In anticipation of the official U.S. release of my book, Building Bad, on Sept. 30, 2021, I made a more fully orchestrated version of my song, Ballad of Building Bad, along with a new, more elaborated, music video.
The original “live” version of the song, along with some fun facts and lyrics, can be found on this prior blog post.
After what seemed like a long editorial process — copyediting, queries and responses, typesetting, layouts, proofreading corrections, final layouts, indexing, and so forth — my book has finally been officially released in the UK.
I display my advanced copy of Building Bad
The official release date in the U.S. is Oct. 1, 2021, but the book can be purchased from the publisher’s UK website and mailed anywhere right now! Use offer code BUILDINGBAD20 at the checkout to apply a 20% discount (and, if mailed to an address in the UK, take advantage of free postage as well). Special offer is valid until Sept. 30, 2021.
I’ve written a book called Building Bad: How Architectural Utility is Constrained by Politics and Damaged by Expression. Although the book won’t be released until June 15, 2021, the publisher, Lund Humphries, has decided to “introduce” it through various social media (Twitter, blogs, and so on). I created a short video “trailer” for that purpose which was embedded in the publisher’s blog post, but you can also view it here.
The Lund Humphries blog also features a short “reflections” piece that I wrote:
My interest in architectural utility — as it relates to both expression and what might be called “politics” — evolved over many years. In 1983, I began considering the perverse logic of competition that drives architectural fashion. Several years later, I argued that the strategic separation of architecture into its “art” and “science” components allows architects to largely abstract from technical content in the process of designing expressive buildings. While there is still some truth in that hypothesis, I began to see the split between art and science as increasingly problematic, not because it threatens some ideal of aesthetic integrity, but rather because, in its very nature, it compromises the utilitarian functionality of buildings.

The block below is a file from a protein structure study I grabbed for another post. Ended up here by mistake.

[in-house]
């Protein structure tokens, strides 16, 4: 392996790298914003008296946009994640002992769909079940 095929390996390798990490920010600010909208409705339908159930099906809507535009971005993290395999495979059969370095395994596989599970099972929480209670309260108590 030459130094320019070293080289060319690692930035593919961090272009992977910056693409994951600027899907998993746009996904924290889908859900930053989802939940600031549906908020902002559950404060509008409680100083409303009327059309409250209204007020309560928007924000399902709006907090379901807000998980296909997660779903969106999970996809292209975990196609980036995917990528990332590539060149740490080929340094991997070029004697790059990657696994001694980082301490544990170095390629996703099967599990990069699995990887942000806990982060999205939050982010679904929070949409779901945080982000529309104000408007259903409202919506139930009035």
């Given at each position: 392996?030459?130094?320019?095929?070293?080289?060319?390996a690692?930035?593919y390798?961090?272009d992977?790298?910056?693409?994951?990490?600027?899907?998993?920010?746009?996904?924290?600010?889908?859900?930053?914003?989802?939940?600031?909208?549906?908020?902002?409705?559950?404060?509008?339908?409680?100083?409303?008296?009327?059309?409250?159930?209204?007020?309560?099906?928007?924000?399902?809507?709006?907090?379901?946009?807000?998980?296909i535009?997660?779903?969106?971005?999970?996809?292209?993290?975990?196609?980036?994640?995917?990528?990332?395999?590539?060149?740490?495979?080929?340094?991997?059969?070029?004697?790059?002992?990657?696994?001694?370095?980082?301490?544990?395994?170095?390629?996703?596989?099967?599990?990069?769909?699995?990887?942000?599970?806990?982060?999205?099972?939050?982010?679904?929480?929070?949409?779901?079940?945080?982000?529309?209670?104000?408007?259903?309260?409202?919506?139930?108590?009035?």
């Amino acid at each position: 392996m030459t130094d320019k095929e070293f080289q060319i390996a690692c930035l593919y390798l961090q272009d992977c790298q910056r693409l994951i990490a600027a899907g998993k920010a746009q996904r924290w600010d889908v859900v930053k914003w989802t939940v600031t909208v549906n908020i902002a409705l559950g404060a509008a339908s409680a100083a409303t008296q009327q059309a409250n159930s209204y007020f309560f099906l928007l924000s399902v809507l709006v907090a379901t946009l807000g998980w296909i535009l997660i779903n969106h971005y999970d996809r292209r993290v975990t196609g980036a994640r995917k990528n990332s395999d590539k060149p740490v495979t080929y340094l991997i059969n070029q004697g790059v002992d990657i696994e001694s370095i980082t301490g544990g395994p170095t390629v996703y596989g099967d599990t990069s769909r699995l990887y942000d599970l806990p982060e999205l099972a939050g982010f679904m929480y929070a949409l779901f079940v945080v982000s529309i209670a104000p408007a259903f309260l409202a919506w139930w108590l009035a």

By 2006, I began systematically writing about the dangers of separating architecture’s expressive and utilitarian functions within the design process, and also began to examine the two characteristics of architectural utility brought together in this book: first, that lower and upper limits on utilitarian function are established by politics and economics; and second, that utilitarian functionality is sacrificed at the altar of avant-garde architectural expression.
In Building Bad, I cite many buildings and projects as examples of utilitarian dysfunction or compromise, some close at hand (Rem Koolhaas’s architecture building and I.M. Pei’s art museum are both at Cornell University, where I have been teaching since 1988), and others farther removed in time or space, including Mies van der Rohe’s campus buildings at I.I.T. in Chicago, Peter Eisenman’s Wexner Center at Ohio State University; Frank Gehry’s Stata Center at M.I.T., Zaha Hadid’s Pierresvives in Montpellier, Daniel Libeskind’s Freedom Tower, and many others.
In analyzing such buildings in terms of architectural expression and utility, my goal is neither to advocate for a particular architectural style — least of all my own — nor to condemn contemporary practice on the basis of its moral shortcomings. Instead, I examine architecture from an objective standpoint, and explain what it is, not what it should be. For that reason, I make no attempt to show how architectural expression and utility might be made more useful — less dysfunctional — since such idealism runs up against the very culture within which this dysfunction is valued.
The book’s subtitle — how architectural utility is constrained by politics and damaged by expression — is therefore not intended as a call to action to promote reform. The question posed in the epilogue — ”whether and how the art of architecture can adjust its trajectory so that it aligns with the most fundamental requirements of building science” — remains unanswered, as it must: Architecture’s dysfunction, running parallel to the dysfunction of society as a whole, constitutes an essential feature of avant-garde production, not a flaw. This dysfunction is consistent with and, in fact, thrives within the ethos of human and environmental damage that undergirds modern democratic states.